DJ Durkin Reinstated as Maryland Football Coach After Review of Program

Tim Daniels@TimDanielsBRFeatured ColumnistOctober 30, 2018

COLLEGE PARK, MD - OCTOBER 14:  Head Coach DJ Durkin of the Maryland Terrapins watches the teams warm up before the game against the Northwestern Wildcats on October 14, 2017 in College Park, Maryland.  (Photo by G Fiume/Maryland Terrapins/Getty Images)
G Fiume/Getty Images

Maryland Terrapins head football coach DJ Durkin was reinstated Tuesday after being placed on administrative leave in August amid an investigation into an alleged "toxic" culture within the program.

Rick Maese of the Washington Post first reported Durkin and athletic director Damon Evans both received recommendations from the University System of Maryland Board of Regents to return despite objections from president Wallace D. Loh, who will now retire in June.

"It was made clear that if he wanted to remain in his position, he had no option [but to reinstate Durkin]," a source told Maese. "He ultimately felt it would've been tremendously disruptive to the entire campus if he was to be terminated simply because he wouldn't put the coach back on the field."

The source added the board couldn't make a final ruling on the coach's fate but made it clear to Loh that allowing Durkin to coach again was their "highest priority."

Emily Giambalvo of the Washington Post provided statements from Durkin and Evans:

Loh announced in a news conference later Tuesday he'd accepted to board's recommendation to reinstate Durkin and Evans, per Pete Thamel of Yahoo Sports. He didn't mention the coach by name, though:

Board of Regents chairman James Brady affirmed the group's support of the Terps coach.

"We believe Coach Durkin has been unfairly blamed for the dysfunction in the athletic department," Brady said.

He added: "We believe Evans should be given the opportunity to lead the athletic department."

Nicole Auerbach of The Athletic reported three Maryland players walked out of a team meeting with Durkin about the situation.

The Maryland Student Government Association is organizing a rally to protest the decision, per Giambalvo.

An Aug. 10 report from's Heather Dinich, Adam Rittenberg and Tom VanHaaren, based on interviews with multiple sources close to the program, alleged Durkin, 40, created a "coaching environment based on fear and intimidation" that featured "extreme verbal abuse of players."

"I would never, ever, ever allow my child to be coached there," a former Maryland staff member told

Evans released a statement one day after the report announcing Durkin was being placed on leave while "fully investigating the program." He also noted the school continued to review the June 13 death of offensive lineman Jordan McNair.

"The safety and well-being of our student-athletes is our highest priority," Evans said. "These alleged behaviors are not consistent with the values I expect all of our staff to adhere to and we must do better. You will be hearing from me as our work continues to rebuild the culture of respect in our football program."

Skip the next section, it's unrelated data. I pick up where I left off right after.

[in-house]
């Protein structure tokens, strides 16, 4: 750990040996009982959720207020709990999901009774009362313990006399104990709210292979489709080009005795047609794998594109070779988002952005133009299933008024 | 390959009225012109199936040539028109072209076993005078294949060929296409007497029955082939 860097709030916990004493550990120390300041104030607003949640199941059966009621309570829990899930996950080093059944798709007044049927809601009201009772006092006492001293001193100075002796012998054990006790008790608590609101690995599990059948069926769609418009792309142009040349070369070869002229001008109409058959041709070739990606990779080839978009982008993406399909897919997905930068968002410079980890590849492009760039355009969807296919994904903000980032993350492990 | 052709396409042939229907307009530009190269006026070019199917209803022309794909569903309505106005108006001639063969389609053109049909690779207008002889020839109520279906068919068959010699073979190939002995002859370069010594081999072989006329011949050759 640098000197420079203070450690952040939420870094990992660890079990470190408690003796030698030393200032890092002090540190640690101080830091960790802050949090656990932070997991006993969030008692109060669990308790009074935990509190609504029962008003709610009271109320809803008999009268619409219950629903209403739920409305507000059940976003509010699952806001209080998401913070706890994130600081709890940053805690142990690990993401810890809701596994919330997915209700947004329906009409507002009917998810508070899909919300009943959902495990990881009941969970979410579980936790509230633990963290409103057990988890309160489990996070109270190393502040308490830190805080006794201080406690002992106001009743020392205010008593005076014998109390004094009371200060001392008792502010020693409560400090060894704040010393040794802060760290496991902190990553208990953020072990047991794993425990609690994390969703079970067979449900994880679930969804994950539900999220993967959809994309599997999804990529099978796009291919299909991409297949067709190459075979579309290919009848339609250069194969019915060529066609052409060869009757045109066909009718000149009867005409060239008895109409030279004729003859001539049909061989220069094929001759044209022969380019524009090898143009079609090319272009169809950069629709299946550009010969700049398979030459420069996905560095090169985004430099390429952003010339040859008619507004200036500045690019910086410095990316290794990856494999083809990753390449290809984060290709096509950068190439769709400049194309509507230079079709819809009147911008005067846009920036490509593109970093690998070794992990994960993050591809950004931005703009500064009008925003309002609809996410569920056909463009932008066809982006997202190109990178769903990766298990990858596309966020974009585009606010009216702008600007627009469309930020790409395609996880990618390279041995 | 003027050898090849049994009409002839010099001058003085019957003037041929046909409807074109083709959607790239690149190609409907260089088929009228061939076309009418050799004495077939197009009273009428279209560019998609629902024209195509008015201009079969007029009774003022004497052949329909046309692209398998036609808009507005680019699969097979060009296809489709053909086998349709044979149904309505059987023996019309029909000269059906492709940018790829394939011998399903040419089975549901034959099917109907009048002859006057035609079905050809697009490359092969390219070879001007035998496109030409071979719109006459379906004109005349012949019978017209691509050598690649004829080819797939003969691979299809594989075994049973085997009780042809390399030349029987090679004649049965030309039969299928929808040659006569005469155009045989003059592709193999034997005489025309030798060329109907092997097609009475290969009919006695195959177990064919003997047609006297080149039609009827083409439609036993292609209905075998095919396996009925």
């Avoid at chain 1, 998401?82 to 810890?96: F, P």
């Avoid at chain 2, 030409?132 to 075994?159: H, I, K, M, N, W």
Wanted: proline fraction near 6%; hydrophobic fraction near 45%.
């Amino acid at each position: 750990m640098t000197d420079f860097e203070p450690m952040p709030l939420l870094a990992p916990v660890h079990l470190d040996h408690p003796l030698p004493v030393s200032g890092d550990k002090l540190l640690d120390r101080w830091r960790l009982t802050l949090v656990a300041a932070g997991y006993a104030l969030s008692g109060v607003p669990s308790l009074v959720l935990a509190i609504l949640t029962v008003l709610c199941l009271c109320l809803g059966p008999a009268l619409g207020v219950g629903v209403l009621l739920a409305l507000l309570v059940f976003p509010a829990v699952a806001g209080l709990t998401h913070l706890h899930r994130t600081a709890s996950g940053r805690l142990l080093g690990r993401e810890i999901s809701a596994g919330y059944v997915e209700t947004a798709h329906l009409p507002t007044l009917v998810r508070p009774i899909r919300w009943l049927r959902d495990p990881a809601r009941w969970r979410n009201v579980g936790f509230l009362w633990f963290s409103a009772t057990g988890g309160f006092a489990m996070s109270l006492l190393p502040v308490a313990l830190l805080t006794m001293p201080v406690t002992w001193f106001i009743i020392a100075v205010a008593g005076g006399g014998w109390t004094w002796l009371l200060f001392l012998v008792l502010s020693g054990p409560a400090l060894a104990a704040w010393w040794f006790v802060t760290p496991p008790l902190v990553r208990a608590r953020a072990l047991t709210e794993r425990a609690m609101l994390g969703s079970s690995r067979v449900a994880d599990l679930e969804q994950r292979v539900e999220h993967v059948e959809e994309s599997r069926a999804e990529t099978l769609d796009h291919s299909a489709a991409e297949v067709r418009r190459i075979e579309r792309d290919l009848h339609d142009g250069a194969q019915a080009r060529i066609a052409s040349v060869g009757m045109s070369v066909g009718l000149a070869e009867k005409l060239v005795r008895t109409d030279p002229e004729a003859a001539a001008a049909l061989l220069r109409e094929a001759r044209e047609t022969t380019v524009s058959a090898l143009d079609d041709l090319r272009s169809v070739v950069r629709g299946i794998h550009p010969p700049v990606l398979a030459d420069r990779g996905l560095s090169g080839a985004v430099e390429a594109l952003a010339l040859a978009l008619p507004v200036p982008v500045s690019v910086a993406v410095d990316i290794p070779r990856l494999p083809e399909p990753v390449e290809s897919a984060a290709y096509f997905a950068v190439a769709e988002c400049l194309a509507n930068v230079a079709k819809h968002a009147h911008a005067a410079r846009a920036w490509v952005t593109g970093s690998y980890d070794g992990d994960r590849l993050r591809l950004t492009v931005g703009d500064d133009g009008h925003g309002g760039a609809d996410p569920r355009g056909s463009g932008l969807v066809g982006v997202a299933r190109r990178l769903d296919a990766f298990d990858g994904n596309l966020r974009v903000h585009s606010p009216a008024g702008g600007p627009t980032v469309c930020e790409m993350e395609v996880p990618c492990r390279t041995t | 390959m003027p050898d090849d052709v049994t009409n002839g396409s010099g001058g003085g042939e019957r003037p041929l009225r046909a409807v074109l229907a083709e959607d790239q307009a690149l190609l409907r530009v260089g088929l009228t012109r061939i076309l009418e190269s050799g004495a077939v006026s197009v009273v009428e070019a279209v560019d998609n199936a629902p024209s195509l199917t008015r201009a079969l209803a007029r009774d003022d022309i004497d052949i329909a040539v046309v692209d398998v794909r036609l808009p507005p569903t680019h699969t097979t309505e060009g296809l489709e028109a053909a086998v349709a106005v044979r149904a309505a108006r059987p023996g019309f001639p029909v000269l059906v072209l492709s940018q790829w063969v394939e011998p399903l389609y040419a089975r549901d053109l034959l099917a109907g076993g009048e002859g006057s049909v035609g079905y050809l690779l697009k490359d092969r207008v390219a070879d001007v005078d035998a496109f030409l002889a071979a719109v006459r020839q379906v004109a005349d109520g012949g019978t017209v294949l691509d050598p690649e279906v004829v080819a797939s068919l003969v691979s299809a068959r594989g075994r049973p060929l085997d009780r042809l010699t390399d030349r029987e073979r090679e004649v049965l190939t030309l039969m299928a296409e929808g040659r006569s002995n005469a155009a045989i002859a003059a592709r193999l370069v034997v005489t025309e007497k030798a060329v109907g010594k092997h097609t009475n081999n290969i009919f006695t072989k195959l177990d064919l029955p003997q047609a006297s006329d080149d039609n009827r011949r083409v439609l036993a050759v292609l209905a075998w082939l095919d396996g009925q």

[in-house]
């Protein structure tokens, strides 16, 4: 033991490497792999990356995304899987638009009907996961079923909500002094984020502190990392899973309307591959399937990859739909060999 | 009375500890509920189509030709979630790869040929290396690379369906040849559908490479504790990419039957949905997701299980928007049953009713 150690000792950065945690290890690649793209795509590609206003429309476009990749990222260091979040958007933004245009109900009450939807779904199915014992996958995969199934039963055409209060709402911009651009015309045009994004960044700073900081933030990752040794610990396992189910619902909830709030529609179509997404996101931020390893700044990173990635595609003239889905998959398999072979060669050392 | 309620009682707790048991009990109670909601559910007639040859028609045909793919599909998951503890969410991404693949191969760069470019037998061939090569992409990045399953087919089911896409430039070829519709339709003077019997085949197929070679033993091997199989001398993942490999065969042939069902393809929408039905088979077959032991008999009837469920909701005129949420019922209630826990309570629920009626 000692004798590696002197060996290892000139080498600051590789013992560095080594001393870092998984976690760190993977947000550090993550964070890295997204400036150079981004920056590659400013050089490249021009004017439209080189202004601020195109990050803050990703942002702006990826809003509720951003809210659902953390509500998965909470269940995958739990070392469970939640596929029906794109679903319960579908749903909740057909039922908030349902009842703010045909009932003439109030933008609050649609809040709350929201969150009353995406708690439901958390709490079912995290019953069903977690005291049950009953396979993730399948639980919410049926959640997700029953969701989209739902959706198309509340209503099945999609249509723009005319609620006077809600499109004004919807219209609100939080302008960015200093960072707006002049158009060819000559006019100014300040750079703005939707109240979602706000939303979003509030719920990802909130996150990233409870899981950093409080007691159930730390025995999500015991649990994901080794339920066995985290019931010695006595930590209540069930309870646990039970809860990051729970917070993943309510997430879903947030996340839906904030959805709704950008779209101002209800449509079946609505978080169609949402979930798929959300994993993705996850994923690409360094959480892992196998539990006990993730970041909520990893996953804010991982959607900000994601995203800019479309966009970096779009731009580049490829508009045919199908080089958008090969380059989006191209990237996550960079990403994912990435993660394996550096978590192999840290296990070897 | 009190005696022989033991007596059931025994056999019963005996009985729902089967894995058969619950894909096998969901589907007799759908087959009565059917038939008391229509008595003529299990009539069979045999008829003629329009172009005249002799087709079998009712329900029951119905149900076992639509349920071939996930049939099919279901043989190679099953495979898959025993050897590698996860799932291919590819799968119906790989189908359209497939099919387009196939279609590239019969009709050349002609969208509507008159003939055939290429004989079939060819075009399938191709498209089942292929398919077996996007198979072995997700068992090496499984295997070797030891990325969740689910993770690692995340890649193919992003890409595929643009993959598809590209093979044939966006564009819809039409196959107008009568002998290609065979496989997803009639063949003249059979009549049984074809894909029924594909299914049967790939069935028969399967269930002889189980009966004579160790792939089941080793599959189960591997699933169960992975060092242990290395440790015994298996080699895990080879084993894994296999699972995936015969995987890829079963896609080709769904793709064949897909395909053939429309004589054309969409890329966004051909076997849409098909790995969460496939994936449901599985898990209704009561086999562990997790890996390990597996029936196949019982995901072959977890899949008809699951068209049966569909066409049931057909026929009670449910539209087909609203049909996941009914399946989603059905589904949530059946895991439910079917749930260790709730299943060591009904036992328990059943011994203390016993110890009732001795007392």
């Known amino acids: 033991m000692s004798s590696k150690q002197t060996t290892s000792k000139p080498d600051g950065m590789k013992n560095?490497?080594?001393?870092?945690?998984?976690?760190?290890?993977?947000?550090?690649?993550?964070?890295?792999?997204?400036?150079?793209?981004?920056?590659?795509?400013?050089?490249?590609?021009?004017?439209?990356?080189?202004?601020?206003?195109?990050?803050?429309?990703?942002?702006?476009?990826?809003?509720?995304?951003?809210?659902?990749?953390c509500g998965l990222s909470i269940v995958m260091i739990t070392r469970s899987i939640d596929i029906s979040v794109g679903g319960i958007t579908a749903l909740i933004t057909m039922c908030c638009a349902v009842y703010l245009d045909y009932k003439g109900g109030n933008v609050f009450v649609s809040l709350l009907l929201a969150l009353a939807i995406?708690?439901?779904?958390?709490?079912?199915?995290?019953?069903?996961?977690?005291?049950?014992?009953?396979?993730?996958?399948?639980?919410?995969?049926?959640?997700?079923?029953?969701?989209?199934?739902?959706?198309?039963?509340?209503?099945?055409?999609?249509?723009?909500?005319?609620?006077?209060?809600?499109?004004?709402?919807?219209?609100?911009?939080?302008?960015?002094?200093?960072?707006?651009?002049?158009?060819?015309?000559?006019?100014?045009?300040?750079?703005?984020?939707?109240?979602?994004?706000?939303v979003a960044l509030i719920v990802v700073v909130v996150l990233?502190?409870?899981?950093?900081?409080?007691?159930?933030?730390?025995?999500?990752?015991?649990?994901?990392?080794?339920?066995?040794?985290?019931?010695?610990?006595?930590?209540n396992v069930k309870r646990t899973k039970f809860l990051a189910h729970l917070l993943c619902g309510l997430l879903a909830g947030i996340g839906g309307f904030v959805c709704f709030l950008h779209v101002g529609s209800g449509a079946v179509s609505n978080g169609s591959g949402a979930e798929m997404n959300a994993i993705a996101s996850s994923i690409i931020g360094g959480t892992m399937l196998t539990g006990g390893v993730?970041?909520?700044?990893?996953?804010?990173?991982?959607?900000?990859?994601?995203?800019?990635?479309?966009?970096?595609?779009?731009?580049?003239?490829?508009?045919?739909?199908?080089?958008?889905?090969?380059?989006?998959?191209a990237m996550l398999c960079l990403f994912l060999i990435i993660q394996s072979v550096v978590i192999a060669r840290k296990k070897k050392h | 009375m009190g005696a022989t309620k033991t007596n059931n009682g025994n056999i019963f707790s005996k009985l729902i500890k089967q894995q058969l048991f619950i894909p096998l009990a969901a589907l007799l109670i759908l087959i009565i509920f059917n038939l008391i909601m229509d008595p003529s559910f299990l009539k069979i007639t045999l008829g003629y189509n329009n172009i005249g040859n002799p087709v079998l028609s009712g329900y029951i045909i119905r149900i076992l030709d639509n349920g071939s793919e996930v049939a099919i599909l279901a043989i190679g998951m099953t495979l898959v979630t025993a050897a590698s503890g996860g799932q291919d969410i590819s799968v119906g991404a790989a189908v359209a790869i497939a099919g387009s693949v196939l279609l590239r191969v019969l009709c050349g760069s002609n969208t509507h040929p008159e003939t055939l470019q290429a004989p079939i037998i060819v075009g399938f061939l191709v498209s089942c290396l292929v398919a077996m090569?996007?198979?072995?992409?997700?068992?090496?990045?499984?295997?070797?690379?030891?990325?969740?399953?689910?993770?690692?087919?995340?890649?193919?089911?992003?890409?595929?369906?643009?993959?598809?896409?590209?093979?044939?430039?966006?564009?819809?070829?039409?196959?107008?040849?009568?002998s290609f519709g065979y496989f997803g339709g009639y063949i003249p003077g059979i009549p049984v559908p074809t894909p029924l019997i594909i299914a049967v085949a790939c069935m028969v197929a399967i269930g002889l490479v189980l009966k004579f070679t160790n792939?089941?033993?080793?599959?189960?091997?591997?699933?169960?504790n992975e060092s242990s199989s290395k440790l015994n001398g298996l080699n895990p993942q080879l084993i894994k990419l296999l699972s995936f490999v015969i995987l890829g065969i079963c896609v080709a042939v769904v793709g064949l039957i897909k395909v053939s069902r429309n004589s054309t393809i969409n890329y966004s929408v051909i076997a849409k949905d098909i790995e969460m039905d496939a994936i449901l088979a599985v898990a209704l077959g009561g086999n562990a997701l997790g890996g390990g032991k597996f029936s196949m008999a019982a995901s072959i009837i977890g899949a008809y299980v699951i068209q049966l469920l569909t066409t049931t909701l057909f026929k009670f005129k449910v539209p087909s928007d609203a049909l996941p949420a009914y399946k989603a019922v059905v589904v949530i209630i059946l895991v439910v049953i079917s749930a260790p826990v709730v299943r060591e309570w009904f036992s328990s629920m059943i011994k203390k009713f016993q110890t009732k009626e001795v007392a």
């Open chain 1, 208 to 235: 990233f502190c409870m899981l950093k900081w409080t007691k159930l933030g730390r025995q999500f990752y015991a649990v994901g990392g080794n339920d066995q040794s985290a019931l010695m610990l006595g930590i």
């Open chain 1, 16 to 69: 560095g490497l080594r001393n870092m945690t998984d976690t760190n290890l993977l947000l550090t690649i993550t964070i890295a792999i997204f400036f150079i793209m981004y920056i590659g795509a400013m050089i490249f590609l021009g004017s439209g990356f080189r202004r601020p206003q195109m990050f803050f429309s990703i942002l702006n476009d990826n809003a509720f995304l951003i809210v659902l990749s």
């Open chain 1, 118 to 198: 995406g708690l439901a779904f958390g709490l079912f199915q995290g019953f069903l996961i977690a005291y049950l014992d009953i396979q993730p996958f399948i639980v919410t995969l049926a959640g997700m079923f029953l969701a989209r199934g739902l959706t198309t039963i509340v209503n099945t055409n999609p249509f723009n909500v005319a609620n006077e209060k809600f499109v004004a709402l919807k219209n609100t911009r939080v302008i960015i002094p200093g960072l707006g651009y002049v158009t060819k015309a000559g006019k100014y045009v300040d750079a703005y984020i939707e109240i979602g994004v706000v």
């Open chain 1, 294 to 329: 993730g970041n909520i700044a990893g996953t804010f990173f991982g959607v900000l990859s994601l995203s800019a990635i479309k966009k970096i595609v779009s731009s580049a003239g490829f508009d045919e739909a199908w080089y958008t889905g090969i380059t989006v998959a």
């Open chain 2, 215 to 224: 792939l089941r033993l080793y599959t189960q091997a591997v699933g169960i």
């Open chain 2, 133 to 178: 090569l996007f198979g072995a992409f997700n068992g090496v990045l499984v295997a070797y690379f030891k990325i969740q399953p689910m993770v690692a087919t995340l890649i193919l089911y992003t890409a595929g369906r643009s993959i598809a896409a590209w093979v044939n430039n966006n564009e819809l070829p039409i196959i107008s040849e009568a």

McNair suffered heatstroke during a May 29 Terps offseason workout and died two weeks later after collapsing and being hospitalized, per Jonas Shaffer of the Baltimore Sun.

"It shows a cultural problem that Jordan knew that if he stopped, they would challenge his manhood, he would be targeted," a current Maryland player told ESPN. "He had to go until he couldn't."

Loh told reporters Aug. 14 the school informed the McNair family it "accepts legal and moral responsibility for the mistakes" that led to his death. The university also accepted the resignation of assistant athletic director for sports performance Rick Court.

In mid-October, Auerbach reported a group of football players' parents had bonded together in an effort to keep Durkin from returning to the Terps.

"We are worried that this narcissistic sociopath is going to come back," one parent told Auerbach. "To me, he should never coach again."

McNair's family and legal representation held a press conference later Tuesday in response to the school's announcement.

Hassan Murphy, the family's attorney, said Maryland "failed" in its decision, per Rittenberg.

"How can a student-athlete be called a p---y as he is in the early stages of death, dying before their eyes, with no action taken, and yet no one be held accountable? The university had an obligation to keep its students safe, and it failed," Murphy said.

Martin McNair, the former Terrapins lineman's father, added: "I feel like I've been punched in the stomach and someone spit in my face," according to Tom Schad of USA Today.

Maryland offensive linemen Ellis McKennie and Tyran Hunt echoed that sentiment: 

Offensive coordinator Matt Canada was named interim head coach when Durkin was placed on leave. The Terps own a 5-3 record, including a 3-2 mark in Big Ten play, so far in 2018.

Durkin has posted a 10-15 record across two years at Maryland. It's unclear when he'll return to the sideline after being granted clearance Tuesday.


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